RESULTS

Among the 23 patients, there were 11 males and 12 females, with a mean age of 30.5 ± 9.3 years. Twenty-two cases completed robotic resection, while one (4.3%) case converted to open surgery. In the robotic surgery group, the operation time was 35-340 min with a median of 120 min, the intraoperative bleeding was 10-800 mL with a median of 50 mL, and the postoperative hospital stay was 1-7 d with a median of 4 d. Biliary fistula occurred in two (8.7%) patients after robotic operation and they both recovered after conservative treatment. One (4.3%) patient received blood transfusion and there was no death in this study. The postoperative hospital stay in the small tumor group was significantly shorter than that in the large tumor group (P < 0.05).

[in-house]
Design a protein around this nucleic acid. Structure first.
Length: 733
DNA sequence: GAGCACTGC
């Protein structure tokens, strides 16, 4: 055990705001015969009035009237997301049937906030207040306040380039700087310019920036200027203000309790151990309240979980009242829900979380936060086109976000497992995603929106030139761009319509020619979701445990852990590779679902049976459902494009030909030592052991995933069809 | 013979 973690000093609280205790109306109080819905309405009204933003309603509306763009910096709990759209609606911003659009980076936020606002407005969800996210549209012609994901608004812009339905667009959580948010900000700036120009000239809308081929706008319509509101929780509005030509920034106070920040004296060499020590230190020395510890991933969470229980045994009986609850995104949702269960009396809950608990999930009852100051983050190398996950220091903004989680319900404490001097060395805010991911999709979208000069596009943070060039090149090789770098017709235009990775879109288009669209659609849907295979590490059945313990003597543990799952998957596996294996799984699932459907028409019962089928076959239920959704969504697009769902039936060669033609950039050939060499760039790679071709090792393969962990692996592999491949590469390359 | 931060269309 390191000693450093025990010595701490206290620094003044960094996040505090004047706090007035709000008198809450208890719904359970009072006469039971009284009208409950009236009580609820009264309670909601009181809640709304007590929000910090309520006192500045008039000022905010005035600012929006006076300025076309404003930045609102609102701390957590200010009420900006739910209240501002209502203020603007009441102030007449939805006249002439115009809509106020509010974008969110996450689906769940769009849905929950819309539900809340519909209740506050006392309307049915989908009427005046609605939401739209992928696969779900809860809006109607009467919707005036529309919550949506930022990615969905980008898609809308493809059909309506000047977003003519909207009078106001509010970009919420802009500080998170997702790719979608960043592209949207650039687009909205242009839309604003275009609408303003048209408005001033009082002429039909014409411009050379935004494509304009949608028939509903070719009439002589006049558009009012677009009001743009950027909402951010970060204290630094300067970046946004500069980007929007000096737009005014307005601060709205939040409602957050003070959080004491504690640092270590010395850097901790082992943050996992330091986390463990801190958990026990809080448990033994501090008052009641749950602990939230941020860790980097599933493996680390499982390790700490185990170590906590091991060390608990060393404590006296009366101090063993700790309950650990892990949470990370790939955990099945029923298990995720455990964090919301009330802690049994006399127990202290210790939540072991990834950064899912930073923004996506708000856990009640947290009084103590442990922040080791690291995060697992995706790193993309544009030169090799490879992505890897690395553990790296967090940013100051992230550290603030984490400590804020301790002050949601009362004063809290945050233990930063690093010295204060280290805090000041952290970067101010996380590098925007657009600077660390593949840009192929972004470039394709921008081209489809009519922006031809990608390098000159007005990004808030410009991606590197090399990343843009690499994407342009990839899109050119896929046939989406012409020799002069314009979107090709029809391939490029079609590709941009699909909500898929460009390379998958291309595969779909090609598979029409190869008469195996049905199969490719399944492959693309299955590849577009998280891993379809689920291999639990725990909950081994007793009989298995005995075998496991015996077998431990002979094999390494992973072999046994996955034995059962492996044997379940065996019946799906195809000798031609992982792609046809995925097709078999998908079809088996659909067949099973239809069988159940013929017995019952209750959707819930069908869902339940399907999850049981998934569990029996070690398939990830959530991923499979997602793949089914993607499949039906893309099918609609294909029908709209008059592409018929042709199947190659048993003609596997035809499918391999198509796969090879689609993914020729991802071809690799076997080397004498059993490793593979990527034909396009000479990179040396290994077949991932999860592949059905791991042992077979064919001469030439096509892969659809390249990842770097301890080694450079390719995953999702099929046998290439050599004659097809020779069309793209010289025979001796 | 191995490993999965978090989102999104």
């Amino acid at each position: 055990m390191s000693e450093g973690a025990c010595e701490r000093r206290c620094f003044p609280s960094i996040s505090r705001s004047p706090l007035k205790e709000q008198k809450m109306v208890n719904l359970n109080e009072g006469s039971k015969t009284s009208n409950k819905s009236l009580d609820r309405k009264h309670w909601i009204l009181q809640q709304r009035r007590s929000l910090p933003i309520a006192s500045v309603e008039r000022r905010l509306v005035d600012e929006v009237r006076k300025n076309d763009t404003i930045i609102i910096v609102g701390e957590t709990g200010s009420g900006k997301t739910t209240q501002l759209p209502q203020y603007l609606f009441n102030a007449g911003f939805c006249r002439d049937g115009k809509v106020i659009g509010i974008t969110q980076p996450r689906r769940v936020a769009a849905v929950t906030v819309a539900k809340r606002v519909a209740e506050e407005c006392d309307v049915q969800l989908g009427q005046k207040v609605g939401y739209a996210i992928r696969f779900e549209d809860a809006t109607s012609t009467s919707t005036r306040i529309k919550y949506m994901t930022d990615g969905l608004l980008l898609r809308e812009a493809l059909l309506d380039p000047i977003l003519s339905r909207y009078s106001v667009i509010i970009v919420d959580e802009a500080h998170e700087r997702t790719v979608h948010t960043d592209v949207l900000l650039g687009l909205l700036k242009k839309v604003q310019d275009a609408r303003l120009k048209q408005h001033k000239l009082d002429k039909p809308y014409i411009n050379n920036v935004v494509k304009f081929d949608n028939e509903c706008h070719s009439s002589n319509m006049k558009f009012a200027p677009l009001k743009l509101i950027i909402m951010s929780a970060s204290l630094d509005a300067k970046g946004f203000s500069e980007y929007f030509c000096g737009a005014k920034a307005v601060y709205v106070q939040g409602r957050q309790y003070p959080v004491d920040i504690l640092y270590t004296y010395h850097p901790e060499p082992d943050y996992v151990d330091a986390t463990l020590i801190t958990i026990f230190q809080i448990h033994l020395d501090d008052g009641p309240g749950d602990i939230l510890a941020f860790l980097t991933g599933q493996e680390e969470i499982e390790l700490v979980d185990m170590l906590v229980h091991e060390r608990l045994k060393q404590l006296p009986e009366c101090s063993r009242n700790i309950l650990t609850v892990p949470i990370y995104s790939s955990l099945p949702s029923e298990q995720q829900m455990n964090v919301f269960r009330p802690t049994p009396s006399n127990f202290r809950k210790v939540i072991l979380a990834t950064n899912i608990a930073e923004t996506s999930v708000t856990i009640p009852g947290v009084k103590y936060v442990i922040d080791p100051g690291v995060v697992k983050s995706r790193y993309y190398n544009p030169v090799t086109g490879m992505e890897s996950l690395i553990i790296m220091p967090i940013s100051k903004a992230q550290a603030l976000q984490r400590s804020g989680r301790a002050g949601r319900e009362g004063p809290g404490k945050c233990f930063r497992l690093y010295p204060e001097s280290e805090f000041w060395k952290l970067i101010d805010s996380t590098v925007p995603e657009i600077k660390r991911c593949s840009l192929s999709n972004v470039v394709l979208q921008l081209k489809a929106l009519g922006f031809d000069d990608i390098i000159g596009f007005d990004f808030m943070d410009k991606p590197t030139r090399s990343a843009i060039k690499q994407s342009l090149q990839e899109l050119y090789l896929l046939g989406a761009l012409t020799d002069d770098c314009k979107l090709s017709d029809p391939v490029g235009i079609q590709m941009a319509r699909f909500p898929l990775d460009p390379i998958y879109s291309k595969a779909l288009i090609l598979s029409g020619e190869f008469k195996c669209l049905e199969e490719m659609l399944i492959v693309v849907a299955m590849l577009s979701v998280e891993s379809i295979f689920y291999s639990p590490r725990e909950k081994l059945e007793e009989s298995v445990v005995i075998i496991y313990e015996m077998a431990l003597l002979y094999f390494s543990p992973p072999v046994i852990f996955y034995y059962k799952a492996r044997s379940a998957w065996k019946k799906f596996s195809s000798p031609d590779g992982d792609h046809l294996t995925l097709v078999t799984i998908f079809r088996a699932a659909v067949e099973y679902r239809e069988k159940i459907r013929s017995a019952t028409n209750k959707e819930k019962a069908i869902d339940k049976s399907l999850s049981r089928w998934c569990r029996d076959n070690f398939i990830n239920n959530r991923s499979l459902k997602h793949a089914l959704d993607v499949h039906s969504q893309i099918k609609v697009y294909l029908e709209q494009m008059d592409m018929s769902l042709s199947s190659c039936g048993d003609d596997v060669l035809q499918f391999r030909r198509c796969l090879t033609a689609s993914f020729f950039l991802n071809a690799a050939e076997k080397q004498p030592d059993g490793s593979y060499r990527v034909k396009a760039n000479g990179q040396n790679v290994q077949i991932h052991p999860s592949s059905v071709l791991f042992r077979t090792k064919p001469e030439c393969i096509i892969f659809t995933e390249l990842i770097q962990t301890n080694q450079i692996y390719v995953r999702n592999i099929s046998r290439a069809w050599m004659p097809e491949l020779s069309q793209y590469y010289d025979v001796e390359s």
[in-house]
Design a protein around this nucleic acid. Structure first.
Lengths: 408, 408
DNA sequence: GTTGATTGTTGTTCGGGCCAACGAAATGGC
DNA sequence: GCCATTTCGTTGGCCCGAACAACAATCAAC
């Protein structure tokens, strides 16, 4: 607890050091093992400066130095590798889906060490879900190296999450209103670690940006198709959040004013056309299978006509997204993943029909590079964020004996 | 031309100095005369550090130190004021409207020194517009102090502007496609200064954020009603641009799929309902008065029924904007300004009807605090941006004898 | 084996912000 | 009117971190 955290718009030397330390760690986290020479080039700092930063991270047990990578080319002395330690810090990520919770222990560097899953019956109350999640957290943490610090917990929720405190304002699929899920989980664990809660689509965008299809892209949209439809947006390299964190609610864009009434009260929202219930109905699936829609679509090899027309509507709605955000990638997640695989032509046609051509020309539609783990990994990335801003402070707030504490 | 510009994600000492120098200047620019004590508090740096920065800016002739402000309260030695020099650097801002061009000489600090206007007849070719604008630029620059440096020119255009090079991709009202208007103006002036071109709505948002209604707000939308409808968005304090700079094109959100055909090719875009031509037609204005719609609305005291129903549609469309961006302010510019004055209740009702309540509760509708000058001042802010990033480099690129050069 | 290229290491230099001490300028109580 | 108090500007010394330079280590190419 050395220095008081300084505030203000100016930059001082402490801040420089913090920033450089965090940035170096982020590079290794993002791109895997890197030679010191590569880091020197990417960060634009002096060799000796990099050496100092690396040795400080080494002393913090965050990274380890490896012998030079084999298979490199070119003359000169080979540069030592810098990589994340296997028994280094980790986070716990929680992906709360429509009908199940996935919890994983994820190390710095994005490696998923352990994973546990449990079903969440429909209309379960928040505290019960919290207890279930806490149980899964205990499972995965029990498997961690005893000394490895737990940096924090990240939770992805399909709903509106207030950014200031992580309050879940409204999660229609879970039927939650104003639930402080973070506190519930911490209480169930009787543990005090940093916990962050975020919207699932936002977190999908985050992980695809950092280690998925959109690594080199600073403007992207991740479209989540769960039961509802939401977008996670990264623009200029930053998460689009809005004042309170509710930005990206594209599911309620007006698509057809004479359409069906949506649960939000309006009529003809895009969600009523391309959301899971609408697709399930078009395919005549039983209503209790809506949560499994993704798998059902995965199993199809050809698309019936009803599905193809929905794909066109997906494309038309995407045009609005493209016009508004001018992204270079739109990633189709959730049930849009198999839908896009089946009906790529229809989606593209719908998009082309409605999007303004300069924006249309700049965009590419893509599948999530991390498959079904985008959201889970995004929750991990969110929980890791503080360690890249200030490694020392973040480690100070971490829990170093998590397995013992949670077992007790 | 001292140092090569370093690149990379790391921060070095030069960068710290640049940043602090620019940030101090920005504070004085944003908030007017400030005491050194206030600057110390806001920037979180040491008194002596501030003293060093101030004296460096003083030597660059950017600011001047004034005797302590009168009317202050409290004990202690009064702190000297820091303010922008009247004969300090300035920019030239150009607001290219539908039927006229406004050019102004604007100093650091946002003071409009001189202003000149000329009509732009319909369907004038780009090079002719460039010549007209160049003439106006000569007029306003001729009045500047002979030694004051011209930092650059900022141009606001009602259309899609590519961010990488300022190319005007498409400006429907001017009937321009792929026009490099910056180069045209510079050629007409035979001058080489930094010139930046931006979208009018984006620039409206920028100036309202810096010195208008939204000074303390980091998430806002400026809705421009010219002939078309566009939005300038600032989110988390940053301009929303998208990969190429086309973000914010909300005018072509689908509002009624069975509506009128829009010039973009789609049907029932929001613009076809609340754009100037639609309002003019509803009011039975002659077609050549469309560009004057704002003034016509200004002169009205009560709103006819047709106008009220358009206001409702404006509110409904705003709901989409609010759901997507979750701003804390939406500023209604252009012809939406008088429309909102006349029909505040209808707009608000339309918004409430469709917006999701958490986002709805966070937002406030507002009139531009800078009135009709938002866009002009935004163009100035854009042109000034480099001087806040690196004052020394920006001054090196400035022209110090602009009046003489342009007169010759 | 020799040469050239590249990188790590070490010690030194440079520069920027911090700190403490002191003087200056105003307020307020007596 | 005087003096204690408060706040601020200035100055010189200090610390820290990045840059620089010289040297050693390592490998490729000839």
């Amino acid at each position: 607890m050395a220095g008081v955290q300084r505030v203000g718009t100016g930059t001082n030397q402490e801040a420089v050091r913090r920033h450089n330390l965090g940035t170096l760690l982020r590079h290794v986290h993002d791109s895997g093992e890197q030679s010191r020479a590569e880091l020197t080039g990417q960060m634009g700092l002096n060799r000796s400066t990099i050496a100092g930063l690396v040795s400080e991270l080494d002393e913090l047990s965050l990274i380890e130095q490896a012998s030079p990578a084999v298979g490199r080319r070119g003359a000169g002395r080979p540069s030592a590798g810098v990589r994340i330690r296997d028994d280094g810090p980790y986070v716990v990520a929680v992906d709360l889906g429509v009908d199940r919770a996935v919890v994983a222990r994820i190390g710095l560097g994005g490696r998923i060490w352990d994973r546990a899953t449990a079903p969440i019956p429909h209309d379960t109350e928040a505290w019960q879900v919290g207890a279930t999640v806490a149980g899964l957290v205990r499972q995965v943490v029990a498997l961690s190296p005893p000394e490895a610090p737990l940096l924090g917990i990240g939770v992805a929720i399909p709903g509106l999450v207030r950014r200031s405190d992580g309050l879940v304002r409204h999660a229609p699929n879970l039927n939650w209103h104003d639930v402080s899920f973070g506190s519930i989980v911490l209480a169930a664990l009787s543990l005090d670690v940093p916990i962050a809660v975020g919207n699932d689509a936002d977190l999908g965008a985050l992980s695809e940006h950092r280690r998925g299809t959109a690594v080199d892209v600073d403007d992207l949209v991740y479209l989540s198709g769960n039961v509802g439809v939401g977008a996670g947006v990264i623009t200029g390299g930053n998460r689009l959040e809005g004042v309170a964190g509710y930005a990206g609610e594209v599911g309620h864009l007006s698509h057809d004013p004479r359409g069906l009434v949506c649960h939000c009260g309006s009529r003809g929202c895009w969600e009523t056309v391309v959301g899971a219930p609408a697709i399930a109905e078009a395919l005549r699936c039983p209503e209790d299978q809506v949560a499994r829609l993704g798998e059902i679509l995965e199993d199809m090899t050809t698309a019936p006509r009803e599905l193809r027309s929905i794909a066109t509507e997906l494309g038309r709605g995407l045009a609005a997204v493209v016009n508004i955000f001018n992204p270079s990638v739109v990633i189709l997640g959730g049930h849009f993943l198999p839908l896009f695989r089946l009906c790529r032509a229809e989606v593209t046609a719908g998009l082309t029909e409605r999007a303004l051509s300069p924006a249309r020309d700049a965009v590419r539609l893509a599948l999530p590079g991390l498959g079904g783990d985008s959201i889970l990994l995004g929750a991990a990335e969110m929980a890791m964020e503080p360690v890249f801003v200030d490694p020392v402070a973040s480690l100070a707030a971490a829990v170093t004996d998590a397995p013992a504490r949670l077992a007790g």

CONCLUSION

ICG fluorescence imaging can guide the surgeon to perform robotic resection of liver FNH by locating the tumor and displaying the tumor boundary in real time. It is a safe and feasible method to ensure the complete resection of the tumor.

Key Words: Robotic surgery, Indocyanine green, Focal nodal hyperplasia, Hepatectomy

Core Tip: Focal nodal hyperplasia (FNH) is a common benign tumor of the liver, which can be cured by local resection. The purpose of this study was to summarize the technique and feasibility of robotic resection of FNH guided by indocyanine green fluorescence imaging.



INTRODUCTION